If you’re in any doubt why it is unfair that those who already support and care for sick and disabled partners should be totally responsible for their financial support, no matter how little they earn, perhaps you should read “Dave’s Story“.

Carer Watch have concluded that:

“The covenant on welfare seems to have been broken. They (ESA claimants) have been caught up as collateral damage in this push back to work and they feel very afraid. They had never expected that the Conservative, Labour and Lib Dem Parties would all abandon them like this. No party is demonstrating any understanding of their situation or offering them any reassurance or protection. They cannot believe that all three main parties continue to sign up to the delusion that they can be forced back to work by pressure and removal of benefits. Unrealistic and cavalier talk of ‘helping’ them in to work is ill informed and adds to their fears that politicians do not understand the reality of caring, illness and disability.”

Comment after comment on my blog tells me that none of the main political parties care about this issue.

And “Puff!” there go another 2.6 million voters, Mr Alexander, and maybe a few more activists like me. Because if there is anyone in society you should be protecting, anyone Labour should instinctively know they should protect, anyone that needs you and our party desperately today, it is these sick and disabled and frightened people.

Admit you got it wrong on ESA. Take the hit. Come up with solutions and most of all, do what you claim you will do and listen. Now, before it is too late – or give up the name Labour and all it stands for.

In the end, you see, there will be no-one left. No-one who believes you are any different to the Conservatives. No-one who doesn’t expect you to let them down on every promise, just as the Lib Dems have. I heard it every day of the campaign. “they’re all the same, they’re all the same, they’re all the same.” The words should ring in your ears, you should not need suggestions for government when people up and down the country are suffering and frightened.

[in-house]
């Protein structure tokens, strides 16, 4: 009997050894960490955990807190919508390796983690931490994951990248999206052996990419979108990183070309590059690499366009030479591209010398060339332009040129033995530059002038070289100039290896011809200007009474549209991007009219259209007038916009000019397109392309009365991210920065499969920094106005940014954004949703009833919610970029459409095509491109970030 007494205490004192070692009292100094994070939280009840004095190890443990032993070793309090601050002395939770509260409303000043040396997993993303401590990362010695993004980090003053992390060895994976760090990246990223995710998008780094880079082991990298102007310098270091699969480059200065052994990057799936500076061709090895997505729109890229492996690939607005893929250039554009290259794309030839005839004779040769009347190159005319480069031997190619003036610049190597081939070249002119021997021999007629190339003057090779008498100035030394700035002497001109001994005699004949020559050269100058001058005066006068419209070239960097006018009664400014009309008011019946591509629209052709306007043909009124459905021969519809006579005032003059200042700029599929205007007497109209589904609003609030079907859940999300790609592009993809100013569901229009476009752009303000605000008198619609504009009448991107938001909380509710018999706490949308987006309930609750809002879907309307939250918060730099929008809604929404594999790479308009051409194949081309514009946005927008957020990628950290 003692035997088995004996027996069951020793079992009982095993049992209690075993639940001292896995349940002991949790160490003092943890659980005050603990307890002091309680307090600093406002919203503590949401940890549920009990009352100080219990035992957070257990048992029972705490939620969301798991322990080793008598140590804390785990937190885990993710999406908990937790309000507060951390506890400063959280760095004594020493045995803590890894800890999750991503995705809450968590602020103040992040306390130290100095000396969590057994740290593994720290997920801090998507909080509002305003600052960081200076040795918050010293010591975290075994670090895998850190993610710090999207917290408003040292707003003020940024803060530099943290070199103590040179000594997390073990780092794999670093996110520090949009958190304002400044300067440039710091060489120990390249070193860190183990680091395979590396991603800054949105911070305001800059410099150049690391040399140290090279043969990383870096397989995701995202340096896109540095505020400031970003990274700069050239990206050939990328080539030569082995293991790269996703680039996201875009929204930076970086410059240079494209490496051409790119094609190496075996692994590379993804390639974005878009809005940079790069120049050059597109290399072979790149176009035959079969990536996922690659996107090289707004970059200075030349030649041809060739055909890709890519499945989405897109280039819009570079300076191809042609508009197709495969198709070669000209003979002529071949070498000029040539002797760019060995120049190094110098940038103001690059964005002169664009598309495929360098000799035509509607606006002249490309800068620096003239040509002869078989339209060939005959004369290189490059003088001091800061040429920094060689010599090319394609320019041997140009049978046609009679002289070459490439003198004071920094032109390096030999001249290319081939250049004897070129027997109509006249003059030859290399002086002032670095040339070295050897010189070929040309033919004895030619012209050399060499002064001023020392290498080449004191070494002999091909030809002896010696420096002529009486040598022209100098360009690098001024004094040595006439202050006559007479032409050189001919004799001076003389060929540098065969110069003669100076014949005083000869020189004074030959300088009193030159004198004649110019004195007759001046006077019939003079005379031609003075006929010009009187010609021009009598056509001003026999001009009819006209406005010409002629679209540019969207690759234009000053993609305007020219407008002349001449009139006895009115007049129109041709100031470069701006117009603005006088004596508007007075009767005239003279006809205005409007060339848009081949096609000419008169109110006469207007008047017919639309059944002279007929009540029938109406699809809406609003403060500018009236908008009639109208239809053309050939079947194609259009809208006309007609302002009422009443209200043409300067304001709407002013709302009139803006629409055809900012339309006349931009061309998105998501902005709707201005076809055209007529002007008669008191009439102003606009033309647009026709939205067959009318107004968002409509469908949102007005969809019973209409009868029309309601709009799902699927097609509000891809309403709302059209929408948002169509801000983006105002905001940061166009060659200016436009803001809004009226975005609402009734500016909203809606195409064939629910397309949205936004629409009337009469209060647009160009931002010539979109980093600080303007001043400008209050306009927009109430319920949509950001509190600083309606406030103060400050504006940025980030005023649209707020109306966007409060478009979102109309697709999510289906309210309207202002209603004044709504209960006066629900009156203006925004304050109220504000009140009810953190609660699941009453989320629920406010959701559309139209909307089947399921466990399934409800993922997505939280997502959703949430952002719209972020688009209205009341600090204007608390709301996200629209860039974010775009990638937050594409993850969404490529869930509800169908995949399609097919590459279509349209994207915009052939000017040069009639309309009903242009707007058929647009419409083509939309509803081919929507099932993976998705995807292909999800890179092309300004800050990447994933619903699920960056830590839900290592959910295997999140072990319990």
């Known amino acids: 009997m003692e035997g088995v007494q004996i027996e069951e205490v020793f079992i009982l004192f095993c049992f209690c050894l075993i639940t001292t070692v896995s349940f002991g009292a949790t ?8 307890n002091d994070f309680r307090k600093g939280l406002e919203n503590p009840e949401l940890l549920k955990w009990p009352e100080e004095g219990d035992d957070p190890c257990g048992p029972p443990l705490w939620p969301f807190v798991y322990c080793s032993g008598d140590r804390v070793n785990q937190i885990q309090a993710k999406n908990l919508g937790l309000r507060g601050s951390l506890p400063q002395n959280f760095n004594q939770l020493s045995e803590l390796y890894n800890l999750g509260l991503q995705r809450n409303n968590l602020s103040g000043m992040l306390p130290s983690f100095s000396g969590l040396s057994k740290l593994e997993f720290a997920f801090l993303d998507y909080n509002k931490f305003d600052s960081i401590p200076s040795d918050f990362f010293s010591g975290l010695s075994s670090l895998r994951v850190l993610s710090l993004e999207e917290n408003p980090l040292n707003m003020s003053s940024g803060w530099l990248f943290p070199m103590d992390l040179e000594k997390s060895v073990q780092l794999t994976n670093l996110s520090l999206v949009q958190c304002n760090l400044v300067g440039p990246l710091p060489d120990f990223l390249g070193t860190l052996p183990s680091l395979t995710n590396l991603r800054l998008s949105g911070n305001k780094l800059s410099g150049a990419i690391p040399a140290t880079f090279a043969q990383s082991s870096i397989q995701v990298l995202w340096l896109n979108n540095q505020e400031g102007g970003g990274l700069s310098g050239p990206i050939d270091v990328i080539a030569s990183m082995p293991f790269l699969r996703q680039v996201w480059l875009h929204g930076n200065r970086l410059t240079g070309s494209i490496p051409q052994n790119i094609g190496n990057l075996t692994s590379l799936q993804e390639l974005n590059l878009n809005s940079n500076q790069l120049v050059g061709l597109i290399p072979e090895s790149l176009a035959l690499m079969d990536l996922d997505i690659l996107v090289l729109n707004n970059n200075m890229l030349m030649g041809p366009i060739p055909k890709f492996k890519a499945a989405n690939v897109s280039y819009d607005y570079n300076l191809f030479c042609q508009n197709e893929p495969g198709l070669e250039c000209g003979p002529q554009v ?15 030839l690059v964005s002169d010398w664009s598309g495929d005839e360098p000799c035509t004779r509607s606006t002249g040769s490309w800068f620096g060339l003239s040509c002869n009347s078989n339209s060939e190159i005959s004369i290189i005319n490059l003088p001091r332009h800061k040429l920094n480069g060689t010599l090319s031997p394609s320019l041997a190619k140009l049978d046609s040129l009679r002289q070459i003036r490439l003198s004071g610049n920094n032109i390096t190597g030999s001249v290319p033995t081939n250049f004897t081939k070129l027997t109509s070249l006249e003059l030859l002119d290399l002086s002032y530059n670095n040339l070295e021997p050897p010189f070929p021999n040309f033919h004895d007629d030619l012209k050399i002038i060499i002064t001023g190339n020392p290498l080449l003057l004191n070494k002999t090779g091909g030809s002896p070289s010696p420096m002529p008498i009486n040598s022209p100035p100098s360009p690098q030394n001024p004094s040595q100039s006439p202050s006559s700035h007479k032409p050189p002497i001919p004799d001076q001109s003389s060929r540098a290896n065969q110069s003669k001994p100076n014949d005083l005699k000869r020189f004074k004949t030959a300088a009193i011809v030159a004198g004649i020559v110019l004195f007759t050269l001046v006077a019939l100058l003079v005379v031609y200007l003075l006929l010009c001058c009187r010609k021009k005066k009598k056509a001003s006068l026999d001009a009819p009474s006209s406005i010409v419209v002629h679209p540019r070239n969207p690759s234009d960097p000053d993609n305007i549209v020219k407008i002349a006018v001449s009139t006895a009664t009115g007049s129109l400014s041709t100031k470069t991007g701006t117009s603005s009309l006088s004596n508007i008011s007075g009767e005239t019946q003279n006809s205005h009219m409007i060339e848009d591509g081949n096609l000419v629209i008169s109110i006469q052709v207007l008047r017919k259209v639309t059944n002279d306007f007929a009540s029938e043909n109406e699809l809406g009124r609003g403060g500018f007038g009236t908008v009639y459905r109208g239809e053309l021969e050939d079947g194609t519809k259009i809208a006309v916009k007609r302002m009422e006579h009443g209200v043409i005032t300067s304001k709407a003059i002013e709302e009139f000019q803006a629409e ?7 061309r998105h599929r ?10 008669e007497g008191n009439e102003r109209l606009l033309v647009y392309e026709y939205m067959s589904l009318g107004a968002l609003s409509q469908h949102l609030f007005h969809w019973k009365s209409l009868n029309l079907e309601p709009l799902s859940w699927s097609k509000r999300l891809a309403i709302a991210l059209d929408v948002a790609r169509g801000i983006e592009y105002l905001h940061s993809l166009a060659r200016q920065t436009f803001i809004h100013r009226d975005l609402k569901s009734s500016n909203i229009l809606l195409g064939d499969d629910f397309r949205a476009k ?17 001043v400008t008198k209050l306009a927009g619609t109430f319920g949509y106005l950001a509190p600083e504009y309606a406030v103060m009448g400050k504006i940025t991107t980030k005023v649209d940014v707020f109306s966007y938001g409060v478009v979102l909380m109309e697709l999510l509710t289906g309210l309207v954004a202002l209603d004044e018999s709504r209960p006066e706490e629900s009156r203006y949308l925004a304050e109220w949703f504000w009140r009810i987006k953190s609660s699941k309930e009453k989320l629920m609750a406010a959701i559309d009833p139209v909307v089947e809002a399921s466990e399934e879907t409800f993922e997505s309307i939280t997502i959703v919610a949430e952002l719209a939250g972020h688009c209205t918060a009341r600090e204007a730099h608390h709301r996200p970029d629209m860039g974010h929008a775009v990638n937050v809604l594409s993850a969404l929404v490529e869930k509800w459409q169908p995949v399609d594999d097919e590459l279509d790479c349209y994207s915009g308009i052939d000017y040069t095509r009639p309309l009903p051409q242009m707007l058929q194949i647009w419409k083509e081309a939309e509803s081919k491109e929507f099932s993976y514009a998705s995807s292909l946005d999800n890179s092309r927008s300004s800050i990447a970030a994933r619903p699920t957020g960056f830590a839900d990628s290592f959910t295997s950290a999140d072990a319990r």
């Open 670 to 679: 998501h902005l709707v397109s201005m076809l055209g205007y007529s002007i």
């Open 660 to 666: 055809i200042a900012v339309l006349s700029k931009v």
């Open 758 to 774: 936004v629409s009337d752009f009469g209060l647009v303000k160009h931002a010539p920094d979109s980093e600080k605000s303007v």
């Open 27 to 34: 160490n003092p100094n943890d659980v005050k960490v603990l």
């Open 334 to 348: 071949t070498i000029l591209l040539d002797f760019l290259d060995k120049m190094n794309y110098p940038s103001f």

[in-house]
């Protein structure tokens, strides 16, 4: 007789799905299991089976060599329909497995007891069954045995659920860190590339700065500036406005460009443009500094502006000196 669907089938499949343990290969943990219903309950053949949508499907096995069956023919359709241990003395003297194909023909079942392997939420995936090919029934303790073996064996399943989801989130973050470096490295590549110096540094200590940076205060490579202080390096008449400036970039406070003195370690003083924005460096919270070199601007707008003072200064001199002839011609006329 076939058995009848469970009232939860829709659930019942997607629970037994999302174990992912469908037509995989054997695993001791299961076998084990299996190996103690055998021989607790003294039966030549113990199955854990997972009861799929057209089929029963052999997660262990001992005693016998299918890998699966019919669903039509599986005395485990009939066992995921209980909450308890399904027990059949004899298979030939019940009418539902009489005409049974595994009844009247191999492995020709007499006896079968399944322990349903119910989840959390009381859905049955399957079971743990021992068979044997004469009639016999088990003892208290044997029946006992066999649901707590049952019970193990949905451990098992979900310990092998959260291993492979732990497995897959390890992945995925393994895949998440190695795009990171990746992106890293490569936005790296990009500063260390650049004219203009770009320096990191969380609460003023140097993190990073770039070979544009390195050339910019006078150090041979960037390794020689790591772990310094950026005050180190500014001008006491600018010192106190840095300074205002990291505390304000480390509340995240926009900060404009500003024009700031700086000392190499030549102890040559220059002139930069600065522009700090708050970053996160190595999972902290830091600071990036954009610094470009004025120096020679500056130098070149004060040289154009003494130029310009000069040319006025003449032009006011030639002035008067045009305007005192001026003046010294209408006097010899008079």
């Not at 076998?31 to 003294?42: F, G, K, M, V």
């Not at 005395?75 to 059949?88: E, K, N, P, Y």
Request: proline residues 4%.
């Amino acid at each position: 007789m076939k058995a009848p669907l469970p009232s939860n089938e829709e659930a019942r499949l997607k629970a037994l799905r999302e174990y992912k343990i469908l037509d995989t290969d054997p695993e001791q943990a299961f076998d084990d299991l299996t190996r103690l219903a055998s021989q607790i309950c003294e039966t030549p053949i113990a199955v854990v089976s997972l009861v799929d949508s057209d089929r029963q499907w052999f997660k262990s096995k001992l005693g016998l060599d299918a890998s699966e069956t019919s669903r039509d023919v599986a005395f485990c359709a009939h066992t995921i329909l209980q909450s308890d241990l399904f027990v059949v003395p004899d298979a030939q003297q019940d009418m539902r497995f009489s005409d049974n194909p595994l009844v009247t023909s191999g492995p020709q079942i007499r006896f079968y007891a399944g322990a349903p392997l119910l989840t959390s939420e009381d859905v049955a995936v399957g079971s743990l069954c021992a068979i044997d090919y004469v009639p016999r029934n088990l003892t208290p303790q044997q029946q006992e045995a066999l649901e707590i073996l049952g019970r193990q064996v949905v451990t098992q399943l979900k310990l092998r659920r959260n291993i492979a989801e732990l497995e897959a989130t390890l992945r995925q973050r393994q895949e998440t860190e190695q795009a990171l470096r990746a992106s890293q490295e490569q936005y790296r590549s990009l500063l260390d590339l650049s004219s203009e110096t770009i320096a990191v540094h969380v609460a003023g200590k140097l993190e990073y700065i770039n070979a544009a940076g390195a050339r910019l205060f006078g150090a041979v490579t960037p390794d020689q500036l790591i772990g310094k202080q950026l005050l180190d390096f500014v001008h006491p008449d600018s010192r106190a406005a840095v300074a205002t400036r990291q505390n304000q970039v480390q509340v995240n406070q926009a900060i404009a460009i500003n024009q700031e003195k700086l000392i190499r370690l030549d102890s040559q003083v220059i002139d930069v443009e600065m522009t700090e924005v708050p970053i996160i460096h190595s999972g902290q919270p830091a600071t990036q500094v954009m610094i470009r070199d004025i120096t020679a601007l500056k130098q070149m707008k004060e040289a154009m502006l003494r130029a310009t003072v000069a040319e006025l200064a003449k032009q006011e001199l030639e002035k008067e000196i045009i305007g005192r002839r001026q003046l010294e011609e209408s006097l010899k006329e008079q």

By all means support the “Squeezed Middle” but if, in the process, you decide the rest are all “Feckless Poor” then admit you are, in fact, Tories. Make the same dazzling conversion on the Road to Damascus that has overcome Mr Clegg and leave Labour to her true supporters.

And to Ed Miliband I say – you are not Labour. I am Labour and so are the millions of people who came out to vote for and canvass on behalf of our party on May 6th. You represent us, you do not decide to mould us in your image. You decide on policy with us in mind, not with one eye on the Daily Mail, and one eye on the opinion polls. Do what is right and the votes will follow. Most of all, reshape my party, our party so that I don’t hear that endless refrain on the doorsteps next time: “They’re all the same.”

I, and other bloggers, politicians, journalists and charities will make this an issue. We will campaign with every ounce of strength until this terrible, terrible removal of ALL benefits from the most vulnerable people in society is reversed and ESA is overhauled. It would be a dreadful state of affairs if Labour are not there, campaigning with us, side by side, if they choose this issue to prove once and for all, that they really are “all the same.”

**All figures taken from relevant charity research.